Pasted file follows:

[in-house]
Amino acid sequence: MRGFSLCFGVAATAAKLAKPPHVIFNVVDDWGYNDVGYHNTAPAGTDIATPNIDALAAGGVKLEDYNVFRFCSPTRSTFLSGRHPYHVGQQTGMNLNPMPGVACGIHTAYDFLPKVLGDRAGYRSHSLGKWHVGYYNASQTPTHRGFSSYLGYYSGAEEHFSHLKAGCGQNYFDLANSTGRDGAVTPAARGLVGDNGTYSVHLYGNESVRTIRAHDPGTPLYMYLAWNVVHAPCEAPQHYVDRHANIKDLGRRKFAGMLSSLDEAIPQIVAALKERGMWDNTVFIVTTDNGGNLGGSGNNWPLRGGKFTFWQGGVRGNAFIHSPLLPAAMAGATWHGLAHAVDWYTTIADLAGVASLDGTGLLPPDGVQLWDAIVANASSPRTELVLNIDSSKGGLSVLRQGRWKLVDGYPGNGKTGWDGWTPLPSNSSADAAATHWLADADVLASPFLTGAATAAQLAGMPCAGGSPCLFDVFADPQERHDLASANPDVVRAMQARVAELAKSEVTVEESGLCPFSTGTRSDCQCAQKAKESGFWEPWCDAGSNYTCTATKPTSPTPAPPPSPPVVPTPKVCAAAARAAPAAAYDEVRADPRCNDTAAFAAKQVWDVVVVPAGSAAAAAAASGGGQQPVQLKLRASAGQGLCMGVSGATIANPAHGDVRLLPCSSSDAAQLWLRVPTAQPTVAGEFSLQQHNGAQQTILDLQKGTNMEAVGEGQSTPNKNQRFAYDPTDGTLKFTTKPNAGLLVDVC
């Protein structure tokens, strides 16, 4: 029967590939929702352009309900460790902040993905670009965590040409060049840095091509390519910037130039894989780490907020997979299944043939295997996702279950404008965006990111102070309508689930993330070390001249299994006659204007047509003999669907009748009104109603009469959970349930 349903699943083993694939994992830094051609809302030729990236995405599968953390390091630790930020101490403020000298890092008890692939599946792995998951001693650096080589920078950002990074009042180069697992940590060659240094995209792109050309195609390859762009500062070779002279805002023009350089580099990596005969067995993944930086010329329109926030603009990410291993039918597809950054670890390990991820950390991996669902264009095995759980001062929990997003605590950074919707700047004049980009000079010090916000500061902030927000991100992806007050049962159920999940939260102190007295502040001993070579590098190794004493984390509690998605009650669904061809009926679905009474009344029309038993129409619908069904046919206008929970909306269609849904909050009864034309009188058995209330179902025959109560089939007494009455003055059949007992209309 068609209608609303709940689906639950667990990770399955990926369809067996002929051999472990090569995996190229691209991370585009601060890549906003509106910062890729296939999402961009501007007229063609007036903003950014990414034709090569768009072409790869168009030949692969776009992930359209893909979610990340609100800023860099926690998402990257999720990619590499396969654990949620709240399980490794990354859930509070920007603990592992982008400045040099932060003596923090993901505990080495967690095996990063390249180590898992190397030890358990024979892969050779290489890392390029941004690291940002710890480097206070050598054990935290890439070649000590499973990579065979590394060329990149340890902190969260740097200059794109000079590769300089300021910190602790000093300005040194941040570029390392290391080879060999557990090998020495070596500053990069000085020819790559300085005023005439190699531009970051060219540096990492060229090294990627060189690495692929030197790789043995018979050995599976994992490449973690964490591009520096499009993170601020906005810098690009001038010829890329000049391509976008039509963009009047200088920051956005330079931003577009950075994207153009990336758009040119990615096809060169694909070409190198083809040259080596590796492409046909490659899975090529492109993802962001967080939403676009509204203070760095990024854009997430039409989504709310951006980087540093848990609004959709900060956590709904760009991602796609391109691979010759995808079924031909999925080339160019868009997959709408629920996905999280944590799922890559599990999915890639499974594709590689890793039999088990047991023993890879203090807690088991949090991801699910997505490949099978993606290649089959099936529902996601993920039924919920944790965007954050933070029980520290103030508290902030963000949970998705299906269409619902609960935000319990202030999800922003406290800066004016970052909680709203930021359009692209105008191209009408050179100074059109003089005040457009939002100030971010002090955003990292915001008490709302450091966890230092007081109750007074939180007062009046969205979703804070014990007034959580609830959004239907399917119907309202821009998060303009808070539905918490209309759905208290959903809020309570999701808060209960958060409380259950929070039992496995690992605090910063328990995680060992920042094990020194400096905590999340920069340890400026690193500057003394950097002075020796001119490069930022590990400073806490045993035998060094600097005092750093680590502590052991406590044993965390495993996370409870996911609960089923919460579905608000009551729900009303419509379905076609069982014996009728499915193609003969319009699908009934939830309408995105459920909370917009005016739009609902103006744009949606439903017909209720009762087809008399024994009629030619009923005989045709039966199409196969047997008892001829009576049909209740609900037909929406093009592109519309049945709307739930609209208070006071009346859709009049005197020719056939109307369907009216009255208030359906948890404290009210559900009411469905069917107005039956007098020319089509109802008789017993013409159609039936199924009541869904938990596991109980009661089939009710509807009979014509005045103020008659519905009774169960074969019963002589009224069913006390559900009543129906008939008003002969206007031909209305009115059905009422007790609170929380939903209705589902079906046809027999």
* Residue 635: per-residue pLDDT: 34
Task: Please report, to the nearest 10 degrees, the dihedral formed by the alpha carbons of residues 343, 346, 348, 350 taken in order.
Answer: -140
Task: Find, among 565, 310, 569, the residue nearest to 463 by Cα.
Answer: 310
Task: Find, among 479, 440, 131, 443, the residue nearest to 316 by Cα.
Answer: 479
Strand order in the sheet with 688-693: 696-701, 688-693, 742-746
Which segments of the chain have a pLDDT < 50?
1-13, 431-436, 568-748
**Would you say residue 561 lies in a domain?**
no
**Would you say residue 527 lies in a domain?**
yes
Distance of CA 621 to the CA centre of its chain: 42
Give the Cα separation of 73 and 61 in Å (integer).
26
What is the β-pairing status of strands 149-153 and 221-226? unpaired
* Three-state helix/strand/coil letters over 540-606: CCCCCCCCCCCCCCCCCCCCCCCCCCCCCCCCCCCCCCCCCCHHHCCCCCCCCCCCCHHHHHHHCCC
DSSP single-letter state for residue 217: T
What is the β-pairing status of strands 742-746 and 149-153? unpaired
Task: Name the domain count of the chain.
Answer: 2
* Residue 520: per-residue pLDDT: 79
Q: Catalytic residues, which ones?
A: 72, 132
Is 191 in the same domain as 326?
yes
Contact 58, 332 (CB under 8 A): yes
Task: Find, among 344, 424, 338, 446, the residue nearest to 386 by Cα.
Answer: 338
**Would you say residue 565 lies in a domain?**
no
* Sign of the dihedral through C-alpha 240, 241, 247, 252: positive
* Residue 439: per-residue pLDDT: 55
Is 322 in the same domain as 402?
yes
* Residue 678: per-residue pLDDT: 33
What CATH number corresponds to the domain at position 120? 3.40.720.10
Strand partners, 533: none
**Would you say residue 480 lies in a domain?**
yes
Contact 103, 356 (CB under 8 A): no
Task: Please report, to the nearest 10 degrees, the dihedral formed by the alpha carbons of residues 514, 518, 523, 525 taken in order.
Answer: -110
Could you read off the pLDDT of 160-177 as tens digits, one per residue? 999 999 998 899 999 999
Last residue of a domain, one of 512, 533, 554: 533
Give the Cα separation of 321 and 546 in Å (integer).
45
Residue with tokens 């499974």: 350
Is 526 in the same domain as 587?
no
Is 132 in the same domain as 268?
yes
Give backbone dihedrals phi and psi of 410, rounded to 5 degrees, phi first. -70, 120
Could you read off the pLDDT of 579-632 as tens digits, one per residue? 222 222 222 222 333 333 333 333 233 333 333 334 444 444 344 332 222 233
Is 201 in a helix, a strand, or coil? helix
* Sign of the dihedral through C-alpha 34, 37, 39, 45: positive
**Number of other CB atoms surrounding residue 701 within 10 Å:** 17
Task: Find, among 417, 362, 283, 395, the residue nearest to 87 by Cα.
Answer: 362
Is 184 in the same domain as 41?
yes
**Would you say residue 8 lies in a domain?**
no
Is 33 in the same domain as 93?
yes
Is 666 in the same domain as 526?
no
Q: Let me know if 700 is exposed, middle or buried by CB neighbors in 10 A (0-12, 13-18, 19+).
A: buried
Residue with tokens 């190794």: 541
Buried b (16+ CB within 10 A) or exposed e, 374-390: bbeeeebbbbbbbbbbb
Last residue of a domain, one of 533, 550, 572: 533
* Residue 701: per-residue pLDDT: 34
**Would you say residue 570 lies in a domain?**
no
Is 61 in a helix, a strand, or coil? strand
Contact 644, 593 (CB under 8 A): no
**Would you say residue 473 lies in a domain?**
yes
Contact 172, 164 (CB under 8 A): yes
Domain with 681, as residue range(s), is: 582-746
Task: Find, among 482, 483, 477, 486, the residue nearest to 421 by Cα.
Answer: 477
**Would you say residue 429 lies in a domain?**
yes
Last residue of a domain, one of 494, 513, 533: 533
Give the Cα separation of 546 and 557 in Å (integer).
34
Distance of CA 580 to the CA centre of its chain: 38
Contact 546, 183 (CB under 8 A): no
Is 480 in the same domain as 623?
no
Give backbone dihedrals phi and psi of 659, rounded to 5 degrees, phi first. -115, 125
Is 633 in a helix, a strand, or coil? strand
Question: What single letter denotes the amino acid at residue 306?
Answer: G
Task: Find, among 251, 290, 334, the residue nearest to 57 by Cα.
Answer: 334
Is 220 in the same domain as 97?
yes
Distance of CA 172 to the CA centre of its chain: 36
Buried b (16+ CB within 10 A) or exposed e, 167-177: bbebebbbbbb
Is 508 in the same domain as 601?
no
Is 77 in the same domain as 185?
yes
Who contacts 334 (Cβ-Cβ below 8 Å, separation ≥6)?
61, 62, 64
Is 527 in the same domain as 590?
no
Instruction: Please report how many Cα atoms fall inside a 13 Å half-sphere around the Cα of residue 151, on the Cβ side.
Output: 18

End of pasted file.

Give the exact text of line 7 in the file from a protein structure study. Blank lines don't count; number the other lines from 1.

Task: Find, among 565, 310, 569, the residue nearest to 463 by Cα.